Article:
Thinking About Drinking: Tips & Tools

Who supports the supporters?

Alcoholism and alcohol use disorder are among the most common, devastating, and costly problems in the United States. According to the National Institute on Alcohol Abuse and Alcoholism, more than half of all US adults have a family history of alcohol use disorder, and more than 7 million children live in a household where at least one parent is dependent on or has alcohol use disorder. Additionally, recent studies by the Substance Abuse and Mental Health Services Administration have shown that approximately 53 percent of adults in the United States have reported that one or more of their close relatives has a drinking problem.

Not only is alcoholism hazardous for the alcohol dependent individual, but it is also harmful to families and the institutions who employ those families. According to Siblings Against Drunk Drivers, members of families with an individual who is alcohol dependent use ten times as much sick leave as families without. Additionally, 80% of these family members report an impaired ability to perform at work due to living with a family member who is alcohol dependent.

Often the emphasis in providing treatment and resources is focused solely on the individual who is alcohol dependent. However, taking this approach can be shortsighted as family members experience their own stressors, and frequently play a key role in supporting their addicted loved one.

So, given that, who supports the supporters? Anne Smith and Lois Wilson began to answer this question when they founded what would become Al-Anon in 1951. Al-Anon is a peer support organization created by the spouses of the founders of AA, Bob Smith, and Bill Wilson. Its purpose is to help relatives and friends of individuals with alcohol dependence. Members meet in groups and share their own experience, strength, and hope with each other. Topics focus on problems common to family members and friends of alcohol-dependent individuals such as excessive care taking, boundaries, guilt, and shame.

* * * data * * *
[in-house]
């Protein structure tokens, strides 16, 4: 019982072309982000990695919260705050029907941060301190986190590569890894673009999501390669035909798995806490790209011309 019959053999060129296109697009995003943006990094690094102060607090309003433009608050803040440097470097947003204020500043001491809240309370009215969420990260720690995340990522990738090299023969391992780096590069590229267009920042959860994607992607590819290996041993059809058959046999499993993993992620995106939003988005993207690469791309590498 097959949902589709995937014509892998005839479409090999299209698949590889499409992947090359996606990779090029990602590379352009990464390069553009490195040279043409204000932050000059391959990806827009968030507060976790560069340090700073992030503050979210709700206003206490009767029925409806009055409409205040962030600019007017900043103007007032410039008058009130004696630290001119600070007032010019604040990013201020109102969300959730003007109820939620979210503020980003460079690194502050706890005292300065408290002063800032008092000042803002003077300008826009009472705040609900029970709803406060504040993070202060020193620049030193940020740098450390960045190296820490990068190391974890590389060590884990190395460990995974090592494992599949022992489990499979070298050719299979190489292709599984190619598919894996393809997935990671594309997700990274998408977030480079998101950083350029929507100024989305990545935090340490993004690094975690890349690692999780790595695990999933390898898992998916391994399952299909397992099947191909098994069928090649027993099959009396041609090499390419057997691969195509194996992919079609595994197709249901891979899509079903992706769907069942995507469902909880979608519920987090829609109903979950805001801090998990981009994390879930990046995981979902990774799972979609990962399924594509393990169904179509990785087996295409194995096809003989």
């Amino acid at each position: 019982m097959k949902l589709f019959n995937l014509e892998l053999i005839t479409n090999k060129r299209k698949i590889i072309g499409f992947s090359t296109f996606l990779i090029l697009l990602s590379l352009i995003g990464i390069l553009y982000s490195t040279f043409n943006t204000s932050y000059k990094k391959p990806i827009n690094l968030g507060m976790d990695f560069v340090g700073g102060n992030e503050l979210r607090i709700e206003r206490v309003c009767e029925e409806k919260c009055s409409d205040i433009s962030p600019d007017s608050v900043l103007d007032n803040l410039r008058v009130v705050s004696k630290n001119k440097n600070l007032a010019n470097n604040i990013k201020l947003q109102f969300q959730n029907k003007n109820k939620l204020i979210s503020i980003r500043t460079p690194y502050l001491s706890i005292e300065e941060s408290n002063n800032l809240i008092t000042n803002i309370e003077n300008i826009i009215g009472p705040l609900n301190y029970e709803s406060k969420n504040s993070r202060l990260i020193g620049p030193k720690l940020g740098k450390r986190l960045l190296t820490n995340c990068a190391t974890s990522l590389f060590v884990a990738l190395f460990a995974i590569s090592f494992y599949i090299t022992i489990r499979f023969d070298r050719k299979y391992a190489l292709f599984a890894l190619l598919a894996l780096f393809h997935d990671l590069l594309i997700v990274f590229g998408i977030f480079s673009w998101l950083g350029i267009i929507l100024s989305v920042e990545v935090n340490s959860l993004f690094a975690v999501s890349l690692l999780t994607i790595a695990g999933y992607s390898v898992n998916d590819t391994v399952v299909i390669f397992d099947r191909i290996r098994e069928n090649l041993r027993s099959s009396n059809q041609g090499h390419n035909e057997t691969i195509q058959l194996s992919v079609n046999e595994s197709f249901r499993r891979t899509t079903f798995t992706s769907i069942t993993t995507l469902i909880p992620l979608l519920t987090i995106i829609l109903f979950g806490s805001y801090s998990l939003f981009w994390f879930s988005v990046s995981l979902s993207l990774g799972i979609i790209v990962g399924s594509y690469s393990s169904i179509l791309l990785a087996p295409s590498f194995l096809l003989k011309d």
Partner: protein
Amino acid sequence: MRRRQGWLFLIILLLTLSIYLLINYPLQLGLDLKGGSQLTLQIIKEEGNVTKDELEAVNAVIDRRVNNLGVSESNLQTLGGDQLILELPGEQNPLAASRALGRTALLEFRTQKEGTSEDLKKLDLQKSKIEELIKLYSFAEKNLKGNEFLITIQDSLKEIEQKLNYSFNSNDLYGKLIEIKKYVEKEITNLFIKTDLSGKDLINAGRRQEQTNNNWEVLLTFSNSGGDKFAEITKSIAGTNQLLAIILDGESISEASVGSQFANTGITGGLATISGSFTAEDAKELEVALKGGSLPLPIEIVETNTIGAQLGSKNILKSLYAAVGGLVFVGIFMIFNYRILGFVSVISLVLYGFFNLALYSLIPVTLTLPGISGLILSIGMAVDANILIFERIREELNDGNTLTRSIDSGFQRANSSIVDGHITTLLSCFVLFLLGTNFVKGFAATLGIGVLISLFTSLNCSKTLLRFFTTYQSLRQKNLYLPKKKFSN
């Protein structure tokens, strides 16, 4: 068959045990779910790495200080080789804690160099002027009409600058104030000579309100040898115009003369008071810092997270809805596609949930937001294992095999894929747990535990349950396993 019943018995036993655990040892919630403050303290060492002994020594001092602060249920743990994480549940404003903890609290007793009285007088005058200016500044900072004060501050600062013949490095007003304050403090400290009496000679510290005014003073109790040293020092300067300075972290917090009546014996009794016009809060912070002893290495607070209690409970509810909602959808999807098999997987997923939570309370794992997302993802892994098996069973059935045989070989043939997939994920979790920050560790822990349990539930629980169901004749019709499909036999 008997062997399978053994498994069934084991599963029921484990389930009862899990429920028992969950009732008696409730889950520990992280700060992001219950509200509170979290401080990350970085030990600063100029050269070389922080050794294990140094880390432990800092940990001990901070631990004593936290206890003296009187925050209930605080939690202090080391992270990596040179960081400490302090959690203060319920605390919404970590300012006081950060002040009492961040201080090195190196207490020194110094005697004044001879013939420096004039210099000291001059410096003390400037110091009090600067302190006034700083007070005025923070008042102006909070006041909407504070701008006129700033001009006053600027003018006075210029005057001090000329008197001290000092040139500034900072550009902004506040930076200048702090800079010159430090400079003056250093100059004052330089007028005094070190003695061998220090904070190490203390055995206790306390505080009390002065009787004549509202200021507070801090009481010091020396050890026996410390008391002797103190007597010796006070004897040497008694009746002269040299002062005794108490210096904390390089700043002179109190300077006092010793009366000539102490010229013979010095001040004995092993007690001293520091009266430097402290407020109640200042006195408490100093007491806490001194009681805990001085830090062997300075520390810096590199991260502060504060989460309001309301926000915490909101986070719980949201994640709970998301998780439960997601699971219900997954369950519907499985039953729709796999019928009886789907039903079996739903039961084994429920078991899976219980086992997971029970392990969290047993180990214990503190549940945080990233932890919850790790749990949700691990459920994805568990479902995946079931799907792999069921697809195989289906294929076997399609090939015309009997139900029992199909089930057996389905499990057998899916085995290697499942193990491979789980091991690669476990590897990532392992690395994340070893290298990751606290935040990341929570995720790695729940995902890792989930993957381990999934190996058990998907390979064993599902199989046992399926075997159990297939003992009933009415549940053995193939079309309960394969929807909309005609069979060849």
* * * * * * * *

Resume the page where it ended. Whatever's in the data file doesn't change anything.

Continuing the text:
Al-Anon is not affiliated with any sect, denomination, or particular religion. Al-Anon describes itself as a spiritual fellowship, not a religious one. They avoid discussion of specific religious doctrine, and members of all faiths (or of none) are welcome to attend. There are no dues for membership, as Al-Anon is self-supporting through voluntary contributions of members.

While Al-Anon can be a great supportive peer-based resource for some, it does have its limitations. Confidentiality cannot be fully guaranteed due to the group format. However, the spirit of the group is to provide a supportive as well as an anonymous forum for members. In addition, due to being a peer support model, the scope of support is non-clinical. However, this is also a strength of Al-Anon as many times peers have a deeper understanding of the individual experiences of friends and family members of individuals with alcohol dependence. As a counselor, I often recommend Al-Anon in addition to individual clinical counseling as well.

If you want to learn more about Al-Anon, or are interested in attending a meeting check out their website. 

If you are an MSU employee, spouse, or benefits-eligible family member of an MSU employee and are interested in individual counseling contact the MSU Employee Assistance Program to schedule a discussion with a licensed professional today.

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